Any internet user will need to download files eventually, and most simply have faith that what they are downloading is trustworthy. This doesn't give much clarity into the contents of the file, but if the file's author published the original checksum, comparing it to the SHA-256 hash of the downloaded file can ensure nothing was tampered with.
When we have a file that we need to audit against a checksum provided by the file's author, we can use open-source cryptographic software to calculate a checksum. Reviewing the checksum is used for situations where maybe you are at a sketchy website or you don't know if your favorite site is being spoofed.
Data from a file to be checked is divided into 512-bit blocks. Each block is passed through the SHA-256 algorithm and added to a sum until there is no more data to be added to that number. The final sum of this calculation is our checksum, also known as a hash. You can learn more about how hashing works in the video below.
In essence, when we calculate a hash, it is a one-way cryptographic function, meaning a change to a single bit will generate a new, seemingly random number that is very hard to arrive at again. If you can cause two different files to generate the same checksum, this creates an extremely rare condition called a collision. This kind of attack is a weakness in SHA-1 and other cryptographic functions but takes significant time and resources to attempt to exploit.
In this article, I will demonstrate how to compare the SHA-256 hash of a file downloaded with the one provided by the file's author first on a Windows system, and then on Kali Linux.
The first thing we are going to do is download a program for Windows called 7-Zip. This tool isn't only for comparing the checksum, but also for compressing and decompressing files and folders. You can download that from the official 7-Zip download page. Make sure to download and install the most recent and stable version. It is a very simple to install; just follow the on-screen prompts.
Next, let's compare a downloaded hash by going to a website that displays the checksum for a download. For this test, we will be using the download page of VLC media player for Windows. On their site, they helpfully display their checksum in an SHA-256 hash format by clicking the "Display Checksum" button. Stay on this webpage, as we'll need to compare the hash against that number shortly.
Go to the folder where you downloaded the VLC installation file. After locating it, just right-click on the file and scroll down to the part where it says "CRC SHA." We will need to choose the correct SHA algorithm, which VLC has provided on their website. In this case, we will select the SHA-256 option by clicking on it in the submenu. Notice you don't have to open 7-Zip up directly to do this.
Finally, 7-Zip will show the outcome of the checksum. Now, we'll need to compare this value with the one we were provided by the website. Check back with the VLC website and locate the checksum to compare the values.
If the contents of the file had been tampered with, the whole checksum would change, so I personally usually look at the last 4 characters. If the number has changed, then we know the download was tampered with or corrupted.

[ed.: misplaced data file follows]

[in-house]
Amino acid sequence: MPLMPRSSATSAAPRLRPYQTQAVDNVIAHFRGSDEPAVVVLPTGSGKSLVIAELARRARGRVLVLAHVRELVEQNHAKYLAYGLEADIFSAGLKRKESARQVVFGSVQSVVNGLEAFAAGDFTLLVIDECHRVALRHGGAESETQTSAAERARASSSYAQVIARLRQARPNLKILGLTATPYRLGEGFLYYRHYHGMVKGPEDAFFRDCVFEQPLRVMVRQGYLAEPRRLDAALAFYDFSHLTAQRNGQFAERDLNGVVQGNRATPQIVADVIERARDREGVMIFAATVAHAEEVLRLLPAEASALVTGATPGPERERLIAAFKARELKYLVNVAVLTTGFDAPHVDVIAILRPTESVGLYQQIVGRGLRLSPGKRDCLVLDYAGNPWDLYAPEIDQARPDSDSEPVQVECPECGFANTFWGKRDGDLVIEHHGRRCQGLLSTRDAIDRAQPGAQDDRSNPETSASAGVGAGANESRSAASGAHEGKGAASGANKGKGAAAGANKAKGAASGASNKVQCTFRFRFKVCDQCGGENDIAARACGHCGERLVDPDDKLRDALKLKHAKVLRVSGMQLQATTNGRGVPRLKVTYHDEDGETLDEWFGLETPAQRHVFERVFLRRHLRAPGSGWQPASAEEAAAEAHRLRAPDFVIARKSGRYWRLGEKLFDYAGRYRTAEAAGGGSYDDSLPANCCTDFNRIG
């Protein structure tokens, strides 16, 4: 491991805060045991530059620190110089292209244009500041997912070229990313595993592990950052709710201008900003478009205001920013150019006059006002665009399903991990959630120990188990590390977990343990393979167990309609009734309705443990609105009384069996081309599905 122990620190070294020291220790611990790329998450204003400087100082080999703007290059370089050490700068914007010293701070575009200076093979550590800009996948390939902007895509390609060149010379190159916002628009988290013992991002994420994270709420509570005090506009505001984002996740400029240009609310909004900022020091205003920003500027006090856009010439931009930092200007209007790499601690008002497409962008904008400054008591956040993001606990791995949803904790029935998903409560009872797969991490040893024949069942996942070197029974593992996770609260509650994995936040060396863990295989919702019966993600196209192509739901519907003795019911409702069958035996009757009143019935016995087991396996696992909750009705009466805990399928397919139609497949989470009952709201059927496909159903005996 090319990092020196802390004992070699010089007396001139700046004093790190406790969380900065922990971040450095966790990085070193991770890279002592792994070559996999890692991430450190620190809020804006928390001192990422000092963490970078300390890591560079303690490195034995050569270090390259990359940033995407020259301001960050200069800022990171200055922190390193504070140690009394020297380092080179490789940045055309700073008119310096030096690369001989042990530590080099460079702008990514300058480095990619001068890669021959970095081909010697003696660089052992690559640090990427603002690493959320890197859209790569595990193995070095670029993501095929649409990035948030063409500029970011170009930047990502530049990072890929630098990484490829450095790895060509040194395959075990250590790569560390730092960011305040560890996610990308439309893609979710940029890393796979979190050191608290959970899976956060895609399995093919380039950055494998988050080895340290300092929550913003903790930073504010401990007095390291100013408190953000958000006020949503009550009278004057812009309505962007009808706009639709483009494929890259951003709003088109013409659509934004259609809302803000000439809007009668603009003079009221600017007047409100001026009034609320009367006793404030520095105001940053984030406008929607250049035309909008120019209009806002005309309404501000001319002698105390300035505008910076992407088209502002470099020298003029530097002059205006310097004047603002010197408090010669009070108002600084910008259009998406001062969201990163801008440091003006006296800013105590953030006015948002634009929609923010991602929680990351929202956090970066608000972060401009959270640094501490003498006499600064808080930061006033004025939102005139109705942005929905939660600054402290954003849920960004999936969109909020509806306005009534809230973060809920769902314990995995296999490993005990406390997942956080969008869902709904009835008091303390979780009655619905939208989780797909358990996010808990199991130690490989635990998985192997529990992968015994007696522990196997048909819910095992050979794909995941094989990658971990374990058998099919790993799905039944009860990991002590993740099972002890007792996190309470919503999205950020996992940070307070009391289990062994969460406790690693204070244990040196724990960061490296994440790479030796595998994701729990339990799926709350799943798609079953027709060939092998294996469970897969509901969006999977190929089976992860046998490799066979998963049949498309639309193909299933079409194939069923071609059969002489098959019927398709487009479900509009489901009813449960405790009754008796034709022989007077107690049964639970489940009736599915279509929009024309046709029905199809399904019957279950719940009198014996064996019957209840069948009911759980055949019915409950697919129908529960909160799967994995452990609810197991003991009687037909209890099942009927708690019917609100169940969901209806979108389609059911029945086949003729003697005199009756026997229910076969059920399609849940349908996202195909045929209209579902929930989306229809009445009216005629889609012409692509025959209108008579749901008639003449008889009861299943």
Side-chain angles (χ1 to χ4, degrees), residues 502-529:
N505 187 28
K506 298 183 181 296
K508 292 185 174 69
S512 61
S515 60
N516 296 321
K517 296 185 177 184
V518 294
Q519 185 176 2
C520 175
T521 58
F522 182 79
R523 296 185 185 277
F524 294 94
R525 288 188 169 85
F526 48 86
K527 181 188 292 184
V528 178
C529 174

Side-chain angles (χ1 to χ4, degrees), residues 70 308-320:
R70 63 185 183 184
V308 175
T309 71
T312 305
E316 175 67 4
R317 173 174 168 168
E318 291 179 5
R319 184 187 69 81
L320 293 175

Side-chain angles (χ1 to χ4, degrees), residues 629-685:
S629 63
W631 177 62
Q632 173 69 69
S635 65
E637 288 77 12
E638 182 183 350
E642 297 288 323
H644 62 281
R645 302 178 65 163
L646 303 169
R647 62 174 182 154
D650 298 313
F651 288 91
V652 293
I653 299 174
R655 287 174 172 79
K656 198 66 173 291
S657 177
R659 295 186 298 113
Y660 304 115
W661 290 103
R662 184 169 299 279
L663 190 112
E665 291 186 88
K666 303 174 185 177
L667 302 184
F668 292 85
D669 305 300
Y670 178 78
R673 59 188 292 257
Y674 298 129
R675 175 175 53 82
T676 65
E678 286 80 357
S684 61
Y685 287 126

Now let's open our favorite Linux distro, Kali Linux, and open up the browser.
To run our test, go to the Kali ISO downloads page to locate our example file to download. For a shorter download, we will be selecting the smallest ISO, the "Kali armel" image, to download. You can choose to download it over HTTP or torrent.
Once the image has been downloaded, open up a terminal window and use cd to navigate to the folder where you downloaded the file to. There are many ways to unzip a file on Linux, but what worked for me was a command included by default in Kali called unxz. Run it followed by the path to the file to unzip the ISO image you downloaded.
Once that is extracted, we want to type the following into a terminal window. Make sure "2017.1" is replaced with the current version you downloaded.
Hit return and the checksum for the file will be displayed in the terminal window. Now, you can compare against the checksum provided by the website. They should match, as shown in the image below.
There are still attacks about using the checksum method, most recently SHA-1 was demonstrated to be vulnerable to a collision attack, so most users have switched to a new standard protocol with a longer, more secure cryptographic algorithm called SHA-256. There could be people, at this moment, working on a generating a collision attack on SHA-256.
These techniques can be subverted by tactics like a man-in-the-middle attack. An attacker could simply comprise the web host for that file, replace the real hash with the checksum of their own malicious file, or create a new hash with the attacker's manipulated file's checksum value and swap the file for the original on the site. This is exactly what happened to users who downloaded a compromised version of Linux Mint 17.3 Cinnamon edition hosted on a compromised Bulgarian FTP server, so be careful out there!
So that's it, you can now confirm that the download is in its true form, and was not manipulated in any way. This is just one of many methods for staying safe on the internet while downloading files. In reality, this is a way of being more aware of your surroundings, similar to protecting your PIN number at an ATM. Aside from defending against malicious hackers embedding malware into downloads, it also can be used to detect corrupted files.
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Screenshots by Nitrous/Null Byte